WGS sequencing and assembly
After the clone ends of four discrete genomic libraries were sequenced by capillary DNA sequencers ABI3700 (Applied Biosystems) and MegaBACE 1000 or MegaBACE 4000 (General Electric), PHRED (version 0.020425.c)54,55 was used for base calling. All reads were qualified by removing clone vector and bacterial host sequences, as well as the host rabbit (Oryctolagus cuniculus) DNA sequences (http://www.ensembl.org/Oryctolagus_cuniculus/index.html). A modified PHUSION (version 2.1c) package56 was used for assembly.
Repeat and retrotransposon identification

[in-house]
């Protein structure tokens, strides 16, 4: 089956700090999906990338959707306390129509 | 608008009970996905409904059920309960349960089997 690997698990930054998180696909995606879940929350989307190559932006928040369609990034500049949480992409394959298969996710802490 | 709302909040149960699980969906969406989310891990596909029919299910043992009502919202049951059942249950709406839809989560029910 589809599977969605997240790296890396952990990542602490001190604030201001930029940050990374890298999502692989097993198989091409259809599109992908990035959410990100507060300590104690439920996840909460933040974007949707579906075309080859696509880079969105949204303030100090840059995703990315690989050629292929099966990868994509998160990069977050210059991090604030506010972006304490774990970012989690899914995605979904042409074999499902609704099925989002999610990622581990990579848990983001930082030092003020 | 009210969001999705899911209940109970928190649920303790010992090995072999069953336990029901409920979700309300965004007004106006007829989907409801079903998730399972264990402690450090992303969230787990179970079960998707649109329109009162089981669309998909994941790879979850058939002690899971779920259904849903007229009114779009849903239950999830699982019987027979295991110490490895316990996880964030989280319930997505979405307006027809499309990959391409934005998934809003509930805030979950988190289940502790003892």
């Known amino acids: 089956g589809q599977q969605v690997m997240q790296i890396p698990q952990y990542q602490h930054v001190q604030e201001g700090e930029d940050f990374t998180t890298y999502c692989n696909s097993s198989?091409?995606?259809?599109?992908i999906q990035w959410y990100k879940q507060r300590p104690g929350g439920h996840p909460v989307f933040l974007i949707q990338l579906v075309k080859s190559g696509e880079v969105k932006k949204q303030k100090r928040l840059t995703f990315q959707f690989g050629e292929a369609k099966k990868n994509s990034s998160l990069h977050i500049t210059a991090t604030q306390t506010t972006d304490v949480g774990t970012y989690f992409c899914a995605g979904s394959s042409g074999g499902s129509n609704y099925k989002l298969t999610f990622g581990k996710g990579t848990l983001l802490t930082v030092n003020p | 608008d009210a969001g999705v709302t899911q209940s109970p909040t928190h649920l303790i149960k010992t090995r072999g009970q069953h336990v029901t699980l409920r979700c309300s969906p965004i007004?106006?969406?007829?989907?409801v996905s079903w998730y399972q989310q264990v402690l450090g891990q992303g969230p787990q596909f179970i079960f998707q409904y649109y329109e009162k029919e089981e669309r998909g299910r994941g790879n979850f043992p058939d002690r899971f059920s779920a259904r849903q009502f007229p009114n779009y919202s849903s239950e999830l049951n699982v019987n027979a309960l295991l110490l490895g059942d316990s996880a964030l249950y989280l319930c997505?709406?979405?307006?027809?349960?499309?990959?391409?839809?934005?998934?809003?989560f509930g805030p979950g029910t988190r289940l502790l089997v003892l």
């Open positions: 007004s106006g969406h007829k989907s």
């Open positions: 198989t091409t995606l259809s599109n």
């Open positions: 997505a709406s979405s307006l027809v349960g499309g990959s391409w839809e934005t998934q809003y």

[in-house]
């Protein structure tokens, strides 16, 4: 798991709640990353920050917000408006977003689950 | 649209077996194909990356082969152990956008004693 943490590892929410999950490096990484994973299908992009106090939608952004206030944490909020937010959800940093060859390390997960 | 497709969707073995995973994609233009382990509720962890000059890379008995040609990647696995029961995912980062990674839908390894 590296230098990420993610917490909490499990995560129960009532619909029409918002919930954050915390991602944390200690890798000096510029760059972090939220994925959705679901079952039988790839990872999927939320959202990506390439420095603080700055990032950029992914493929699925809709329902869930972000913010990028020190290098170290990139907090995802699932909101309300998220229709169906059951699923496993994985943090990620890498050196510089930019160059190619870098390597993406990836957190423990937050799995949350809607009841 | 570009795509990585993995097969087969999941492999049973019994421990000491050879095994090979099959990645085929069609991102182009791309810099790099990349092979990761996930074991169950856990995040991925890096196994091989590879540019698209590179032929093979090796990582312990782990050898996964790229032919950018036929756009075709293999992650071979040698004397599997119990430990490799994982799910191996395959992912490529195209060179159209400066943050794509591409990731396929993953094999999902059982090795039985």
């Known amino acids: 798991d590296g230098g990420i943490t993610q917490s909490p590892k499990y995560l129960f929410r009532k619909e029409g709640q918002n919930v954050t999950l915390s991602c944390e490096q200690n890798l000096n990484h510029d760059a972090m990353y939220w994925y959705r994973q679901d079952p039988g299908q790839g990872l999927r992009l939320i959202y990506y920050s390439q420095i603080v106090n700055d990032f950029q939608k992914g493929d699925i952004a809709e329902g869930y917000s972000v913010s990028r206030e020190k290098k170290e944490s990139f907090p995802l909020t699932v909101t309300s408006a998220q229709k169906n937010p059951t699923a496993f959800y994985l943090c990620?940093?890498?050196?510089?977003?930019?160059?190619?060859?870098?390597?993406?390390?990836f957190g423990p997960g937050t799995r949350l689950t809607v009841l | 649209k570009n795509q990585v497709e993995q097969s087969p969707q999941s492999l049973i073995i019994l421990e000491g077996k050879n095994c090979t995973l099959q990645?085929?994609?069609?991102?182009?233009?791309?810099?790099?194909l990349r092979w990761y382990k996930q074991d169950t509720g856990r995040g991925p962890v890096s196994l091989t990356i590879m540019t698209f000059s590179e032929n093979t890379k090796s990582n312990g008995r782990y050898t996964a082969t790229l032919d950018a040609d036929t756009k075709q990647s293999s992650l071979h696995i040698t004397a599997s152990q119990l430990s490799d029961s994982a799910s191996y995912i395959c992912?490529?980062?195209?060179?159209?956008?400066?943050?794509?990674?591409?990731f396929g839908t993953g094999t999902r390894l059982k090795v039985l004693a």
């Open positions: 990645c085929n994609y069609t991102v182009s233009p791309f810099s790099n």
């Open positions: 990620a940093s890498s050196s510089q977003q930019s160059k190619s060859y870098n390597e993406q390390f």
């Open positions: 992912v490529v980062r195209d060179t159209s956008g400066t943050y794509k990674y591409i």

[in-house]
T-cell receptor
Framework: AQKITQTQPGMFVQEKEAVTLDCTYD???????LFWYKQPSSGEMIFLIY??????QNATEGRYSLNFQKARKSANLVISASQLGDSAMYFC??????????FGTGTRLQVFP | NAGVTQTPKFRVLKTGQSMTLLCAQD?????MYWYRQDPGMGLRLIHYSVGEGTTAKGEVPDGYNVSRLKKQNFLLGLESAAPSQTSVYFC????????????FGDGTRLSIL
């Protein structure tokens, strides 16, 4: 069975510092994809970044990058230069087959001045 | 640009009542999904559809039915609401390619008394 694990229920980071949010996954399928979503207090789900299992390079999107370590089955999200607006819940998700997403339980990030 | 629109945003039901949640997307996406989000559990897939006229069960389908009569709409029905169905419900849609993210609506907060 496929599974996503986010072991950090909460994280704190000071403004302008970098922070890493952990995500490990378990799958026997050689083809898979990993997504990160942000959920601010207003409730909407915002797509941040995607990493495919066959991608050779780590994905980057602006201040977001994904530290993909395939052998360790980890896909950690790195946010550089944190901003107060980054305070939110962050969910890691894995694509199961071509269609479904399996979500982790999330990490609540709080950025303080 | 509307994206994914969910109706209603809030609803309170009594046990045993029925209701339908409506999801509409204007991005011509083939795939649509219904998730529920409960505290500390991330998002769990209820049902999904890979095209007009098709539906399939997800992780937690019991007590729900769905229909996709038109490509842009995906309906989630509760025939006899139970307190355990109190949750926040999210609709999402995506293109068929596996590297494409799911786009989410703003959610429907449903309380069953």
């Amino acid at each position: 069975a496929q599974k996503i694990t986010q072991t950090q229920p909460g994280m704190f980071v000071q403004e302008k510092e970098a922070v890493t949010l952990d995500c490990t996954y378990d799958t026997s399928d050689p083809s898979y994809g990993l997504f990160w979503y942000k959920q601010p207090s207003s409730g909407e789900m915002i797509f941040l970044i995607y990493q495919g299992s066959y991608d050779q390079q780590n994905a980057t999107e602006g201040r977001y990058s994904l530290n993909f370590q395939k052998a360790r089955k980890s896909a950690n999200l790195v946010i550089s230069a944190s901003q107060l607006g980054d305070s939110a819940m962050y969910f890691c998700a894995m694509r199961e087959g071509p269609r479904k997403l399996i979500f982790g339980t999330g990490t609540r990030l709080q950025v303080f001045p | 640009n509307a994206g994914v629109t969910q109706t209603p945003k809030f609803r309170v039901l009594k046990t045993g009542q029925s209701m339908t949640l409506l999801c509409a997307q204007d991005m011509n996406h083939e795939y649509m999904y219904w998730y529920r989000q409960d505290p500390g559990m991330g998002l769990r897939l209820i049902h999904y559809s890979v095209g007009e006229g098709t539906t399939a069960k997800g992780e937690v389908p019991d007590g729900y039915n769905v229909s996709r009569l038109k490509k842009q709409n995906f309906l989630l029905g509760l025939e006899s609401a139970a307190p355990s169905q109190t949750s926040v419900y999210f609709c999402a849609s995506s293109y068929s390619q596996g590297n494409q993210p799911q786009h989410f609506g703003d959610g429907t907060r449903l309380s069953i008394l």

A repetitive sequence library of S. japonicum was generated by the method of consensus seed extending using REPEATSCOUT (version 1.0.3)14, with the k-mer size of 16. Tandem repeats in the genome were identified using TANDEM REPEATS FINDER (version 4.00)57 and categorized using the tandem repeats analysis program TRAP (version 1.0)58. Microsatellites, minisatellites and satellites are classically defined as repeat units of 1–6 bp, 11–100 bp and more than 100 bp, respectively. Polyprotein and reverse transcriptase from GenBank were used as queries to search genome sequences of S. japonicum using tBLASTN (e-value ≤ 10-10). The best hit sequences were then used to query the genome, and those yielding multiple hits in the genome were categorized as candidate retrotransposons. All candidate retrotransposons were assembled to establish complete CDSs encoding polyprotein or reverse transcriptase. Once the complete CDS was determined, sequences upstream and downstream of this CDS in the genome were analysed to identify LTRs which flank the left and right termini of LTR retrotransposons and retroviruses.